clock menu more-arrow no yes mobile

Filed under:

Why the Rockies should sign Seiya Suzuki

Suzuki presents an intriguing option for a team needing offensive power.

If you buy something from an SB Nation link, Vox Media may earn a commission. See our ethics statement.

In late November — back before the owners locked out the players — the Hiroshima Toyo Carp of Nippon Professional Baseball posted outfielder Seiya Suzuki, making him available to all 30 MLB teams. The Rockies are reportedly among those interested.

Wait. The Colorado Rockies?


Bill Schmidt has emphasized that the Rockies’ offense needs power. In looking at free-agent options, it’s become clear that while the slugging is there, too often the defense is not. (Kyle Schwarber in left field would probably not be pretty.) Meanwhile, trades that might work for the Rockies would probably require them to give up too much in return — or at least more than they’d like to give up given the organization’s attachment to its prospects.

Maybe Seiya Suzuki would prove a better fit.

Who Is Seiya Suzuki?

The 27-year-old native of Arakawa, Tokyo, Japan, was drafted as a pitcher by the Hiroshima Toyo Carp in the second round of the 2012 NPB draft. The Carp then converted him to an infielder. When he was 19 in 2013, Suzuki made his NPB debut. However, he spent most of 2013-14 in the Carp’s farm system.

Source: NPB.JB

Before the start of the 2015 season, the Carp moved Suzuki to the outfield, and his professional career began to take off. In 2016, he made his first NPB All-Star Game appearance. In 2019, the right-handed hitter won the NPB Home Run Derby and the Central League batting title. He is also a four-time All-Star and has won three Gold Gloves. (Here’s a profile from the Los Angeles Times.)

He was the starting right fielder and batted cleanup for Japan’s Gold Medal Olympic Team. (Yes, the team that defeated the US.)

Short version: He’s good.

How’s His Offense?

Here are the numbers over the last five seasons according to Baseball Reference:

Source: Baseball Reference

With an NPB career slashline of .315/.415/.571 for an OPS of .985, what’s not to like? Since 2016, Suzuki has hit at least 25 home runs each season with a career-high 38 in 2021. He has had a cumulative OPS of 1.016 since 2019. Offensively, Suzuki has been likened to Juan Soto, Ronald Acuña Jr., and a Diamondbacks-era AJ Pollack.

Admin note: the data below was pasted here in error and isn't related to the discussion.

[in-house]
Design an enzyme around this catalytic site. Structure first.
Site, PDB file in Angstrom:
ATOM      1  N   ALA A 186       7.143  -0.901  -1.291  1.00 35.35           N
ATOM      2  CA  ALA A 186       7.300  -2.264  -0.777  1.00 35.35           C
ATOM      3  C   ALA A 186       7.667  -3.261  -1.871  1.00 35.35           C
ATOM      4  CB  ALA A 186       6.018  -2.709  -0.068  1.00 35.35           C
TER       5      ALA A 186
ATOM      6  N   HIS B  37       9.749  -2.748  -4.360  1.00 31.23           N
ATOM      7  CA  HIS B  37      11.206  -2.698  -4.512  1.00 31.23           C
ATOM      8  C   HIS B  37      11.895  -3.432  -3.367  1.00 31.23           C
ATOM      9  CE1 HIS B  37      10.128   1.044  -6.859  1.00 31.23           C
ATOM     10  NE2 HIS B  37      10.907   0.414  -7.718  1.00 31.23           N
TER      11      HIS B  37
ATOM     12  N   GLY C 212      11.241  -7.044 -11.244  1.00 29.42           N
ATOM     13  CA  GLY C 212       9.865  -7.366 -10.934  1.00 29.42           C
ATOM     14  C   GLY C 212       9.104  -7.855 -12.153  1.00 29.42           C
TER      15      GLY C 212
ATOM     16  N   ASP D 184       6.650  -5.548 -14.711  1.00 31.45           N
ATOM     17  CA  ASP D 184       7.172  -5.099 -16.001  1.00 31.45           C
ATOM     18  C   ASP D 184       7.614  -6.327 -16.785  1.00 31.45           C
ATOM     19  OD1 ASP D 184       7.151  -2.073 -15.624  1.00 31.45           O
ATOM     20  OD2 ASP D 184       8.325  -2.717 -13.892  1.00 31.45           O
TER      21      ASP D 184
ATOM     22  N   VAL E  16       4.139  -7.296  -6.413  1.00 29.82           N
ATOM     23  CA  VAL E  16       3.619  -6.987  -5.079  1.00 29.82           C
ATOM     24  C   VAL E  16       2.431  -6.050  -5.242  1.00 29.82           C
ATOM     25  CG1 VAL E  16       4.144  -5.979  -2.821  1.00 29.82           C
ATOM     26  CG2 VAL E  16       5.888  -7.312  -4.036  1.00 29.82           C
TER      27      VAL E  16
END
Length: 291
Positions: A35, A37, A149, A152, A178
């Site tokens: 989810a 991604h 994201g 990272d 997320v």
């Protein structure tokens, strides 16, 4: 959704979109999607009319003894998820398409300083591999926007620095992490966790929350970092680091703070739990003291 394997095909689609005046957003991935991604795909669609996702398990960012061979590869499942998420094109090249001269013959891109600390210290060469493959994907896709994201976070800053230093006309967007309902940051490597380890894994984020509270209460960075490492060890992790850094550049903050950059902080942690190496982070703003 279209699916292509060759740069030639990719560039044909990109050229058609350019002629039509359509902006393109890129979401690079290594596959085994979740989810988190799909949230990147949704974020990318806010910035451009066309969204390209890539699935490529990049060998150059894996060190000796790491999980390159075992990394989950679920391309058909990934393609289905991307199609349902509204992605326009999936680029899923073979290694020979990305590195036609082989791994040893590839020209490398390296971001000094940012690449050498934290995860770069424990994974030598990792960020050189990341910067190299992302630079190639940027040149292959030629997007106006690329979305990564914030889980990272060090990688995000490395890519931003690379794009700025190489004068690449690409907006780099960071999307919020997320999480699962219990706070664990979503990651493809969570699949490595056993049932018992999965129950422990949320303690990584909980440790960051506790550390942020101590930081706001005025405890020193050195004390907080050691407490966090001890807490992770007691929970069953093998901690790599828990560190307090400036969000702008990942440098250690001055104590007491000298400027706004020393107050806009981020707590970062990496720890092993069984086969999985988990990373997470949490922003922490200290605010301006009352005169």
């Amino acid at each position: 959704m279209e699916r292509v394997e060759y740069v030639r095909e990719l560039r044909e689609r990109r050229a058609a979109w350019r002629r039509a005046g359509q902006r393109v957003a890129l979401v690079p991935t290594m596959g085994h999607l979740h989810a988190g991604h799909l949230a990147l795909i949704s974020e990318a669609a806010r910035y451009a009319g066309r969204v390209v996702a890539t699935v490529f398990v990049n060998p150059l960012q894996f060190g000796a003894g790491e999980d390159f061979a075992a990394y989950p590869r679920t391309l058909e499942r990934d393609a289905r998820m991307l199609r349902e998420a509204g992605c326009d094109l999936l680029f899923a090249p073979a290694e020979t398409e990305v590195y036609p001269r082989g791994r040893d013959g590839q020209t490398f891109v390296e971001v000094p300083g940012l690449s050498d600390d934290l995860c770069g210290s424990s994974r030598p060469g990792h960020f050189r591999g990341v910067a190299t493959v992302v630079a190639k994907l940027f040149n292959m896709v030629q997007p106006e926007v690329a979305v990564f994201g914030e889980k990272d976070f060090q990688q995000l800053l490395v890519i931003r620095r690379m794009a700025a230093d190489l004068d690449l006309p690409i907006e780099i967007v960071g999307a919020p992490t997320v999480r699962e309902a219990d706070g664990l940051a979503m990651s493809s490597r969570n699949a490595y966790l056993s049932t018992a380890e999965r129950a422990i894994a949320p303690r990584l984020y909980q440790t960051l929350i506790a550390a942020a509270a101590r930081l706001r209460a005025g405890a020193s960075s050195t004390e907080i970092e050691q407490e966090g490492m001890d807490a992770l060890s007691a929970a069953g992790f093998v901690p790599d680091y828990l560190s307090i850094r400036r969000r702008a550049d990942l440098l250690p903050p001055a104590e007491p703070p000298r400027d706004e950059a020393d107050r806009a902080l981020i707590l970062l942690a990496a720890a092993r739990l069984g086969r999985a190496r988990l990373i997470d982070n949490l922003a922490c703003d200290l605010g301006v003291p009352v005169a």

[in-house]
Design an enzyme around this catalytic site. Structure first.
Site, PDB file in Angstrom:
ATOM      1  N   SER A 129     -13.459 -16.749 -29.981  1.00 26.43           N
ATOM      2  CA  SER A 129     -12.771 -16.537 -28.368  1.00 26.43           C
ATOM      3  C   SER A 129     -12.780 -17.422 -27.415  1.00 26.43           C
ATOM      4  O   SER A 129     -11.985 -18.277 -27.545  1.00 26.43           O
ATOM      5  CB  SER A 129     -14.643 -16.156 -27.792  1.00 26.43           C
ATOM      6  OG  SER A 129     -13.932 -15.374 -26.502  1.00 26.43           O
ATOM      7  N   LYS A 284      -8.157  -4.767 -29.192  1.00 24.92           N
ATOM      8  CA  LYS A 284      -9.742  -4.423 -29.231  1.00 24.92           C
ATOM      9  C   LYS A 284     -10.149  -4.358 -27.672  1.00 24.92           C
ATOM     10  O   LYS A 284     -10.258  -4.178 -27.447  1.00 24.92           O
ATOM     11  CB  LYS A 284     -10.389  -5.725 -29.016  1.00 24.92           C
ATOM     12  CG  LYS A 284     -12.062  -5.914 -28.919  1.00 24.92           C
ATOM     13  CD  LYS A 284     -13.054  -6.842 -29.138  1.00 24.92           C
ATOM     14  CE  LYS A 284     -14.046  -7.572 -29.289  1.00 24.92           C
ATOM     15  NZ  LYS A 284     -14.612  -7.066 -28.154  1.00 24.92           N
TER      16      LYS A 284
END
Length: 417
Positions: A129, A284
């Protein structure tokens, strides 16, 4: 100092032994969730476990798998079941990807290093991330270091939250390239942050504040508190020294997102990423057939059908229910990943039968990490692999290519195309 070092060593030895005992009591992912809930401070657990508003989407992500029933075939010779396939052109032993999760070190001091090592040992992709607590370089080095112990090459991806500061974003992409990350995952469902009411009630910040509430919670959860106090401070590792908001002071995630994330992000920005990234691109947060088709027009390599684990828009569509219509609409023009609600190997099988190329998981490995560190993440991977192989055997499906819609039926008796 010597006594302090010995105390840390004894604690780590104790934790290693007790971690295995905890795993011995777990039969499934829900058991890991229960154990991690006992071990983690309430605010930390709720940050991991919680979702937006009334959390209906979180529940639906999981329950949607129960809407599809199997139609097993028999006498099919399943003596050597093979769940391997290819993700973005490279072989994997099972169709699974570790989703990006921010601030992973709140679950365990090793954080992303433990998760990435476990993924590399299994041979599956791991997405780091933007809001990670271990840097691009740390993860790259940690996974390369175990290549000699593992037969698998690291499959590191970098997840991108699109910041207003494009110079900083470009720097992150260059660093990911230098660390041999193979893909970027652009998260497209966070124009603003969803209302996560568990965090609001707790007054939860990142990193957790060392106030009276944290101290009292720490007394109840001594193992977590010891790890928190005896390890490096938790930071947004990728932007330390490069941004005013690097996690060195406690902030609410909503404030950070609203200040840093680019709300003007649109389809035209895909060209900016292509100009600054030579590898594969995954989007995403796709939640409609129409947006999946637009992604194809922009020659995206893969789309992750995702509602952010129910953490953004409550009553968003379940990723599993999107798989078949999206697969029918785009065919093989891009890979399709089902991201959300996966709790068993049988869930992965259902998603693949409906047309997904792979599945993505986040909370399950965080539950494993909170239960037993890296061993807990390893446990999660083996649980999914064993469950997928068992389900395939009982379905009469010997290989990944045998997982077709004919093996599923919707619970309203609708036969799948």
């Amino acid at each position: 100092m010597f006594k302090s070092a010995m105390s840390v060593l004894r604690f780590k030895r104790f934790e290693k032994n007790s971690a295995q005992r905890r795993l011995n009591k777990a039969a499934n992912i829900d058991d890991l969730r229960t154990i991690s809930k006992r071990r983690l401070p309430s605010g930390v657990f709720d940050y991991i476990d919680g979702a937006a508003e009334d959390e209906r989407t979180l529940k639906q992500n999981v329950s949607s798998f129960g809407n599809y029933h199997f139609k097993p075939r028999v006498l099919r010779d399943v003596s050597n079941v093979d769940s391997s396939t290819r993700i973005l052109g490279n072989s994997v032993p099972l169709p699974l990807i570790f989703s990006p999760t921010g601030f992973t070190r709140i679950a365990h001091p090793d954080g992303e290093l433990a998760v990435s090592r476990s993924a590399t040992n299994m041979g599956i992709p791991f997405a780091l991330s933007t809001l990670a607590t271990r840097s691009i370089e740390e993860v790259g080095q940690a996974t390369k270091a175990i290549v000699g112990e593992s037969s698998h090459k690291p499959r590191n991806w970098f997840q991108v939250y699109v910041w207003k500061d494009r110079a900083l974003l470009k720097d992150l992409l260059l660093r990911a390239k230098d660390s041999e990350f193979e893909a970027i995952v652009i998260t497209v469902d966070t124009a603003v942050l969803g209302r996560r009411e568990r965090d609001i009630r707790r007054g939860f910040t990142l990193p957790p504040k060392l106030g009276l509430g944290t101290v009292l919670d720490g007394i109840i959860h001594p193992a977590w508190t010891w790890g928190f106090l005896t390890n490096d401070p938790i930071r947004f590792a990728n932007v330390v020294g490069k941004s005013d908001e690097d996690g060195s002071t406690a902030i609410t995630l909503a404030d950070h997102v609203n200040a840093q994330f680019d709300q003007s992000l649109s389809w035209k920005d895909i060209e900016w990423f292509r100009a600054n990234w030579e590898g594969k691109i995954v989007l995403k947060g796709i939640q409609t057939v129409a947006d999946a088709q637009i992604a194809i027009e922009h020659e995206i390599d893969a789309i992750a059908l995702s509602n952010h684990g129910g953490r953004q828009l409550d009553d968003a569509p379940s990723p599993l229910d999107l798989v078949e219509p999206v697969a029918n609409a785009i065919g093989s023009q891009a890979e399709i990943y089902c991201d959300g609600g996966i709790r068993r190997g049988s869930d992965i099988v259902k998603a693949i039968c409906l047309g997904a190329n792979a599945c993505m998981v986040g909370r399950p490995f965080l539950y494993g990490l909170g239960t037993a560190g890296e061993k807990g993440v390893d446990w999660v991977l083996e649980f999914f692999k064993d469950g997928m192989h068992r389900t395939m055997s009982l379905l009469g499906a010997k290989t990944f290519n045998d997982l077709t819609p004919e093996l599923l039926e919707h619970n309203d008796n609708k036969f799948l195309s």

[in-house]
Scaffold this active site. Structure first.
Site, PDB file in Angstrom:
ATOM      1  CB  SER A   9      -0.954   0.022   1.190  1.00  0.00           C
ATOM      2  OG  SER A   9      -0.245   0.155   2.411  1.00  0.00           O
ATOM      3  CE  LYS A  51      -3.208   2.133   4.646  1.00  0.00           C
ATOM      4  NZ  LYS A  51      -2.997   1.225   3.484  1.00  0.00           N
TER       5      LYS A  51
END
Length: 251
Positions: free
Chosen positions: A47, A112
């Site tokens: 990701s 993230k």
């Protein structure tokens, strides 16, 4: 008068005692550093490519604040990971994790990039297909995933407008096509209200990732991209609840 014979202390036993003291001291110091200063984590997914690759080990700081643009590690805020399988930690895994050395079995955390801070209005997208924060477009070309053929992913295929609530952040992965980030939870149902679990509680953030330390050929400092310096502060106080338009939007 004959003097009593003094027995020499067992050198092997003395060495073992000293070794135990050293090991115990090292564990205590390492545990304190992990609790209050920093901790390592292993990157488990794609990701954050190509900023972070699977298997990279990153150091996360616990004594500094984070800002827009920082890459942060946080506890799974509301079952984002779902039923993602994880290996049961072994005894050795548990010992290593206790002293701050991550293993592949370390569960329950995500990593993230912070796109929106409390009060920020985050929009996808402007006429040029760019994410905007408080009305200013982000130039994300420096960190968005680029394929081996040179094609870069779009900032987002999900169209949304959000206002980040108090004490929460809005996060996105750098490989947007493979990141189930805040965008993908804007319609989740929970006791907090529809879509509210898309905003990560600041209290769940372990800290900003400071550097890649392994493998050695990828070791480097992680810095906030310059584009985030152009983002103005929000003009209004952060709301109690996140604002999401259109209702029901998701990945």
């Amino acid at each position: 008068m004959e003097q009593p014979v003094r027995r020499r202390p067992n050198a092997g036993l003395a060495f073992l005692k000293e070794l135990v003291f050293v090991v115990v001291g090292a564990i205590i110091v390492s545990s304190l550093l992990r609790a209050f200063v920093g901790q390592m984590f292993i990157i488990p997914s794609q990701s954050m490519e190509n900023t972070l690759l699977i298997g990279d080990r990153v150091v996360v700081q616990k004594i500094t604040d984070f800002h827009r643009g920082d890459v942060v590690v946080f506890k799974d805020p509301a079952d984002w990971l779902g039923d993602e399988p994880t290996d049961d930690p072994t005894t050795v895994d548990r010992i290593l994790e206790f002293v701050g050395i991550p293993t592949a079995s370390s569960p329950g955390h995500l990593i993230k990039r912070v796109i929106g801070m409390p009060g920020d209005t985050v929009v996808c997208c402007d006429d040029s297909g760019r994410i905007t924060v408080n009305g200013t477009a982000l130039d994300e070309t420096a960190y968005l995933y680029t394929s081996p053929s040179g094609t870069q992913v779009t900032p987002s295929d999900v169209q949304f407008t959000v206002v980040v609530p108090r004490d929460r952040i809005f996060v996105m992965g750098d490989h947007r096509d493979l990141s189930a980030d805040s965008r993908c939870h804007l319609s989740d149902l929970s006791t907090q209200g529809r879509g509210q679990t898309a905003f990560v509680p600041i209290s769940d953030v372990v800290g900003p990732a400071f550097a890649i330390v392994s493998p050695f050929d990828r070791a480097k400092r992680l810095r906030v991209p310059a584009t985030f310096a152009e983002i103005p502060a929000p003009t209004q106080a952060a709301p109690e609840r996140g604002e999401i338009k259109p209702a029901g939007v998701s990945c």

Notice that in 2021, he had more walks (87) than Ks (86). According to DeltaGraphs, a Japanese sabremetric site, in 2021, Suzuki had a WAR of 8.4, the highest in the NPB league. (A YouTube video claimed that Suzuki had a wRC+ of 207, but I couldn’t verify that, so take it for what it’s worth.)

Enough talk. Let’s watch some bombs:

Here’s that swing in slow motion:

While it’s difficult to do a direct comparison with MLB free-agent outfielders like Kyle Schwarber and Nick Castellanos, Suzuki can probably hold his own. Matt Eddy writes, “Scouts see Suzuki as a potential average hitter, once he adjusts to MLB velocity, with above-average game power and raw power that grades as a 70 on the 20-80 scouting scale. His swing is geared for damage with an uppercut bat path, as opposed to the middle-of-the-field or even inside-out hitting approaches favored by many Japanese hitters.”

So Suzuki Has the Bat, But What About the Defense?

He’s projected to be an average-to-above-average defender, so not a rockstar, but also not a liability. His fielding percentage is .989, and in 2020, he had a DRS of 6 in right field. See for yourself.

Is Suzuki going to best Manuel Margot? Probably not, but he’s also probably going to be significantly better than Kyle Schwarber defensively.

How Does Posting Work, and What’s the Projected Salary?

“Posting” means that the Hiroshima Toyo Carp have allowed Suzuki to sign an MLB contract. The Carp, then, will be paid a “posting fee,” a percentage based on Suzuki’s salary and bonuses. So the Carp, a small-market team, will get paid.

Kiley McDaniels projects that Suzuki will get a four-year contract for $48 million. (He refers to Suzuki as “the best foreign pro free-agent position player in some time” and has ranked him 17th in his list of free agents.) With McDaniels’ math, the Carp would get just a little over $9 million as their posting fee. (MLB Trade Rumors projects five years at $55 million with a posting fee just over $10 million.)

Short answer: The Rockies can afford to sign Seiya Suzuki. However, the market is uncertain, and signing Suzuki is not without risk. He’s proven himself in NPB, but how will he fare in MLB?

It’s worth your time to watch this brief interview with Suzuki from November. He explains his desire to play MLB — and he’s charming.

No, I’m serious: He’s really terrific.

Since Suzuki’s contract was posted 10 days before the lockout, he will have 20 days to sign a contract. Otherwise, he’ll spend 2022 with the Carp.

There’s no rush as far as Suzuki is concerned. “I have no such desire to get it done quickly,” Suzuki said at a team practice in Hiroshima as reported by the Japan Times. “It will happen the way it happens.”

He’s also coy about his plans: “A lot of teams hit my heart,” he said in a recent interview. But he also revealed that he’s a nachos enthusiast, so that’s something to keep in mind.

Who knows if Seiya Suzuki would be interested in playing in Colorado? (Can the Rockies promise they’ll create a new and exciting Seiya Nachos?) But he is a player the Rockies should pursue.